Thursday, June 21, 2018
Hey Fletch … For a pastor that has been licensed by the Board of Elders, my assumption is that the church should not withhold any Social Security or Medicare tax, right?
DRF—This question is one of the reasons that I wrote Smart Money for Church Salaries. This book and the 12 regional workshops in the fall of 2018 get to the heart of this and other similar questions. Issues of pastoral compensation can be murky. The book looks at every salary in WheatFields Good News Church, a complied case study.
Pastors pay into the Self Employed Contributions Act (SECA). IRS Publication 517 outlines Social Security for religious workers (see U.S. Department of Treasury, Internal Revenue Service, Publication 517, Social Security and Other Information for Members of the Clergy and Religious Workers, December 29, 2017, available from https://www.irs.gov/pub/irs-pdf/p517.pdf). SECA is 15.3% of wages and go to Social Security or Medicare. Only pastors who have opted out of Social Security are exempt from paying SECA.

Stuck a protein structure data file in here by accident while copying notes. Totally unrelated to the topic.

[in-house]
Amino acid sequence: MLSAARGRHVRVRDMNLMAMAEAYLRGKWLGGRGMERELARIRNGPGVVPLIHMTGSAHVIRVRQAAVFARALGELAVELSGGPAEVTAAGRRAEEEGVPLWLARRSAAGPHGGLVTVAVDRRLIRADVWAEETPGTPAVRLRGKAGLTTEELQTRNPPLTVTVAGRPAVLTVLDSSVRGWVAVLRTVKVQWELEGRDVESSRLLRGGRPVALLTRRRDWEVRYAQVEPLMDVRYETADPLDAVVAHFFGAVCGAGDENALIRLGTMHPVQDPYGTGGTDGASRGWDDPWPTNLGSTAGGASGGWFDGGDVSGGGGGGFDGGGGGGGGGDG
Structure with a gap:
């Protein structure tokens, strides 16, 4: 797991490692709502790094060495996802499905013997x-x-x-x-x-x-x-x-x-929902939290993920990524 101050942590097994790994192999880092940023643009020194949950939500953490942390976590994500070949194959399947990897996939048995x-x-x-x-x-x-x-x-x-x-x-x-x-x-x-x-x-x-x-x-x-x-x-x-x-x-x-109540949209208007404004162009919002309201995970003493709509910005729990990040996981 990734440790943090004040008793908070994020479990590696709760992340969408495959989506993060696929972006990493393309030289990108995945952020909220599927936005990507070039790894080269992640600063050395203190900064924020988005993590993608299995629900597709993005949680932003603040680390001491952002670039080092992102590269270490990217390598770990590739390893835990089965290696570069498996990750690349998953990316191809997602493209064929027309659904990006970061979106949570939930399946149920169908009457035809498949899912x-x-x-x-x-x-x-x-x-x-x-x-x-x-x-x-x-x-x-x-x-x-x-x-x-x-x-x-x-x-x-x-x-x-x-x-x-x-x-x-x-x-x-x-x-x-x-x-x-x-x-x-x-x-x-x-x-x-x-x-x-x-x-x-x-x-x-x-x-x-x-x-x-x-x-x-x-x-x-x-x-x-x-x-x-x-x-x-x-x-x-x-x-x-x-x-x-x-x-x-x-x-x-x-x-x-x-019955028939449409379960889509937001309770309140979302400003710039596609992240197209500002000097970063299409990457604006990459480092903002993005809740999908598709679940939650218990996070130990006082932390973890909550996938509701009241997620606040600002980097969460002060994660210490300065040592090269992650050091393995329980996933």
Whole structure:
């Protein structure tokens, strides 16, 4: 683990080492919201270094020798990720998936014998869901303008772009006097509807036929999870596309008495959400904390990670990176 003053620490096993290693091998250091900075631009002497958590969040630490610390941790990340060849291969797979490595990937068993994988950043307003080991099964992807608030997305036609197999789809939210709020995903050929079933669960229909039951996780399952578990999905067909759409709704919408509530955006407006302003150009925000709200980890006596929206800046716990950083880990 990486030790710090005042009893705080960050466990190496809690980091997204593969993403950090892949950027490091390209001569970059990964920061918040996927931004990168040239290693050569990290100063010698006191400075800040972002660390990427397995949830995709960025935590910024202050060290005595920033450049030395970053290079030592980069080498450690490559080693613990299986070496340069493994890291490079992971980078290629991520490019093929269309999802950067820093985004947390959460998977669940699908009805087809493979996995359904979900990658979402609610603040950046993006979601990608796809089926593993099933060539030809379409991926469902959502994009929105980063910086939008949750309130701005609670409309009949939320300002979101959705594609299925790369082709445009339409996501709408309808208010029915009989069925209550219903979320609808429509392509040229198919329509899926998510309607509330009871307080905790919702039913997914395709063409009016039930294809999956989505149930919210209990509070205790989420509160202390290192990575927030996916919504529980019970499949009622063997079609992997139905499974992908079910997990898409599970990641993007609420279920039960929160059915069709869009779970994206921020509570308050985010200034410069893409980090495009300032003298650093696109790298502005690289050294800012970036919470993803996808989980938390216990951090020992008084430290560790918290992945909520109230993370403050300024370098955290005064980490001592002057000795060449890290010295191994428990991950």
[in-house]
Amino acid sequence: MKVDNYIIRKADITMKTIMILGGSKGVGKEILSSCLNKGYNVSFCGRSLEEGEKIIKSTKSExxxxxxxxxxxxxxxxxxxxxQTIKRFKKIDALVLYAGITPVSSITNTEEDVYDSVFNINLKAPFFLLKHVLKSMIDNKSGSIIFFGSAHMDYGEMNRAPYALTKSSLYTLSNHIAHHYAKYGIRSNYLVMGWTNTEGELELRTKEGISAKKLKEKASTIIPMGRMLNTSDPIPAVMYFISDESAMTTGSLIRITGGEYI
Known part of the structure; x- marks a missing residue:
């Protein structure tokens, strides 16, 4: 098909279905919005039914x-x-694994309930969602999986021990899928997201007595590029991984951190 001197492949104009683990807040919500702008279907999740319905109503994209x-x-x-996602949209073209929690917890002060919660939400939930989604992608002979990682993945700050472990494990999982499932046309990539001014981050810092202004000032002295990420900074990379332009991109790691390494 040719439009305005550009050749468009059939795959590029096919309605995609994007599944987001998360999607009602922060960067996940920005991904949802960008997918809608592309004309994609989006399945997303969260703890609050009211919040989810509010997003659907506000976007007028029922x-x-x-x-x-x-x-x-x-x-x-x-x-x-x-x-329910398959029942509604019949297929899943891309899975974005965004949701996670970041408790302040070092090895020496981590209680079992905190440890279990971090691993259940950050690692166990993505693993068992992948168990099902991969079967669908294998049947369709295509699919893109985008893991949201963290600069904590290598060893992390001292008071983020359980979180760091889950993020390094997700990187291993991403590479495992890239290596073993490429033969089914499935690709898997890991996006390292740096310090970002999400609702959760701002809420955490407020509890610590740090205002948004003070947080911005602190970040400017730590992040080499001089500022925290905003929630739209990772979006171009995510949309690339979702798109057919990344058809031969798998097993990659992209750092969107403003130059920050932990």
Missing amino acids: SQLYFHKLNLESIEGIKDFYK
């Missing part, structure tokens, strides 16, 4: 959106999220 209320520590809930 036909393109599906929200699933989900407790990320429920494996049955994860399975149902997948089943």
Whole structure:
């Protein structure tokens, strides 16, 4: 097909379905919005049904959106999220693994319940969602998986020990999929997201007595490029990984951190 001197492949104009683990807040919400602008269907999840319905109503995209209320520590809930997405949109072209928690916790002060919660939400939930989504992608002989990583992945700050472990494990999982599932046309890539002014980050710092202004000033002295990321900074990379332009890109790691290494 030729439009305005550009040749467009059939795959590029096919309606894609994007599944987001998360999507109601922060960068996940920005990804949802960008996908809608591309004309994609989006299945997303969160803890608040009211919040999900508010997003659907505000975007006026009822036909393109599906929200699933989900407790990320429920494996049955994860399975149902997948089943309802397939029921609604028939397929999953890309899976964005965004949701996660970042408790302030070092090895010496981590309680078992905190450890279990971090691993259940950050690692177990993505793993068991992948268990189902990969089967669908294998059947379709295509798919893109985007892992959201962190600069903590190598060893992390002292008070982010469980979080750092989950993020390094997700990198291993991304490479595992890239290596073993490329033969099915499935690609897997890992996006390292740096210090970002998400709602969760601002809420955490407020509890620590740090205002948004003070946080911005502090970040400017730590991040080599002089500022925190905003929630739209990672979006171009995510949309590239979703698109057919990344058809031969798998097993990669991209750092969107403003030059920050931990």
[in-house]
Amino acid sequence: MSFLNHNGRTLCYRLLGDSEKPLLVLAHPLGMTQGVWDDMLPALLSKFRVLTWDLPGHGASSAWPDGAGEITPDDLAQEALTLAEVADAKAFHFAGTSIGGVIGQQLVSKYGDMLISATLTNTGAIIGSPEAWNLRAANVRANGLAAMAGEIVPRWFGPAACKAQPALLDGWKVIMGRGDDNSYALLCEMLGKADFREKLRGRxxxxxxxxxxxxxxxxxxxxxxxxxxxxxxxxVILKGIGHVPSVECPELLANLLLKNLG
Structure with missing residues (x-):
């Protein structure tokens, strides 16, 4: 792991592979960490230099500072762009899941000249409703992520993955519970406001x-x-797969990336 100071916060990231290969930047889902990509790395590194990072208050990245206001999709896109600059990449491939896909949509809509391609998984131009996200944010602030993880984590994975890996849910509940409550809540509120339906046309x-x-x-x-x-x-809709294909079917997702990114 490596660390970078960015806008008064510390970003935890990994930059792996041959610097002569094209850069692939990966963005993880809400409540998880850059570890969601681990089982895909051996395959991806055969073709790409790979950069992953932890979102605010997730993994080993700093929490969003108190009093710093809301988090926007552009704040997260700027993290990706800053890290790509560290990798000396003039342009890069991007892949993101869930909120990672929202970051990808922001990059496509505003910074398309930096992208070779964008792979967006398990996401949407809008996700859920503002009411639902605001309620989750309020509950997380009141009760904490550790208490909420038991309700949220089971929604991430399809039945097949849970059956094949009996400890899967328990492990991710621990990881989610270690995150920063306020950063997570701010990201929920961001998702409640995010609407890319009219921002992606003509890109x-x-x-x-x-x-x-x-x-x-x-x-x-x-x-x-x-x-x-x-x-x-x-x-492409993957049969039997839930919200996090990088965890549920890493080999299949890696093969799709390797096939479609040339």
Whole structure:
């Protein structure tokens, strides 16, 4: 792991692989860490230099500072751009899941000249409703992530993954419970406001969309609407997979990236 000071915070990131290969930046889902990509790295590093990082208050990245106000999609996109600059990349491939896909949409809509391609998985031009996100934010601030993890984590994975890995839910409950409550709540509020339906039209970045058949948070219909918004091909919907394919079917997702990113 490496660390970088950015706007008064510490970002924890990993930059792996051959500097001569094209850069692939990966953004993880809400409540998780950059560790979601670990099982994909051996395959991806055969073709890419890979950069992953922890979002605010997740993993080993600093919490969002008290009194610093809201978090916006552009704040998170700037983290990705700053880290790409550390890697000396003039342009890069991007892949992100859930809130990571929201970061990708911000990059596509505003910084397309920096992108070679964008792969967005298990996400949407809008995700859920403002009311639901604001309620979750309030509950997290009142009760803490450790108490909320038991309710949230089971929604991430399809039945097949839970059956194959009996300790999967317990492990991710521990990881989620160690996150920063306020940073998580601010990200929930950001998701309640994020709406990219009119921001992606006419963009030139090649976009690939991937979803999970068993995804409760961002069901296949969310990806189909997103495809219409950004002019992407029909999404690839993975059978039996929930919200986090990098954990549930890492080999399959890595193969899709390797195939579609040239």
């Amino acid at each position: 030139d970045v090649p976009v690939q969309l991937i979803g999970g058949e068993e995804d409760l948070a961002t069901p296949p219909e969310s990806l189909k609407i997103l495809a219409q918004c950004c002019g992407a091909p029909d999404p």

The church cannot pay Social Security or Medicare for the pastor! The pastor can ask the church to voluntarily withhold funds and remit them to the government for SECA. Or, the pastor can pay their own quarterly estimated taxes, which takes financial discipline.